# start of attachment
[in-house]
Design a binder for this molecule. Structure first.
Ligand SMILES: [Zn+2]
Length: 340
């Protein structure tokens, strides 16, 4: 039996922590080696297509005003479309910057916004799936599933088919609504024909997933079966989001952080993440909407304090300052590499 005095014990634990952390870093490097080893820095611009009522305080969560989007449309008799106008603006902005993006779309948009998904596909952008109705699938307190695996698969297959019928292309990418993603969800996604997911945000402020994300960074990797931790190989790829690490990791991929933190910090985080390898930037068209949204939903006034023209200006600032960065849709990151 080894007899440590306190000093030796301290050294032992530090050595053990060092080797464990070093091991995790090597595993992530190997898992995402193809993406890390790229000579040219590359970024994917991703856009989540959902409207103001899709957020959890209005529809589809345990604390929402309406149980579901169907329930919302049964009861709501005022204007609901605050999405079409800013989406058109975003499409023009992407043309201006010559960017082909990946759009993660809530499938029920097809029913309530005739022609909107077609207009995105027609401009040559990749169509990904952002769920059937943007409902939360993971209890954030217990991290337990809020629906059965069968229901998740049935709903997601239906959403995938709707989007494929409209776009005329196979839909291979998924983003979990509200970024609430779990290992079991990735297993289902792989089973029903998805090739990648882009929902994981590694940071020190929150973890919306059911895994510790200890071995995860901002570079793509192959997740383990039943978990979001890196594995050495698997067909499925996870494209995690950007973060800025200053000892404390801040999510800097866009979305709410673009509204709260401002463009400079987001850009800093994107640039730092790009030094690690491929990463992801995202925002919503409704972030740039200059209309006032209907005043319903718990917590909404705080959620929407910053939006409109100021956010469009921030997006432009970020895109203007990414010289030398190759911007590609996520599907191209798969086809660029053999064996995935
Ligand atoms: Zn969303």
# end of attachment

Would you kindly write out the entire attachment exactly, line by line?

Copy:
[in-house]
Design a binder for this molecule. Structure first.
Ligand SMILES: [Zn+2]
Length: 340
């Protein structure tokens, strides 16, 4: 039996922590080696297509005003479309910057916004799936599933088919609504024909997933079966989001952080993440909407304090300052590499 005095014990634990952390870093490097080893820095611009009522305080969560989007449309008799106008603006902005993006779309948009998904596909952008109705699938307190695996698969297959019928292309990418993603969800996604997911945000402020994300960074990797931790190989790829690490990791991929933190910090985080390898930037068209949204939903006034023209200006600032960065849709990151 080894007899440590306190000093030796301290050294032992530090050595053990060092080797464990070093091991995790090597595993992530190997898992995402193809993406890390790229000579040219590359970024994917991703856009989540959902409207103001899709957020959890209005529809589809345990604390929402309406149980579901169907329930919302049964009861709501005022204007609901605050999405079409800013989406058109975003499409023009992407043309201006010559960017082909990946759009993660809530499938029920097809029913309530005739022609909107077609207009995105027609401009040559990749169509990904952002769920059937943007409902939360993971209890954030217990991290337990809020629906059965069968229901998740049935709903997601239906959403995938709707989007494929409209776009005329196979839909291979998924983003979990509200970024609430779990290992079991990735297993289902792989089973029903998805090739990648882009929902994981590694940071020190929150973890919306059911895994510790200890071995995860901002570079793509192959997740383990039943978990979001890196594995050495698997067909499925996870494209995690950007973060800025200053000892404390801040999510800097866009979305709410673009509204709260401002463009400079987001850009800093994107640039730092790009030094690690491929990463992801995202925002919503409704972030740039200059209309006032209907005043319903718990917590909404705080959620929407910053939006409109100021956010469009921030997006432009970020895109203007990414010289030398190759911007590609996520599907191209798969086809660029053999064996995935
Ligand atoms: Zn969303």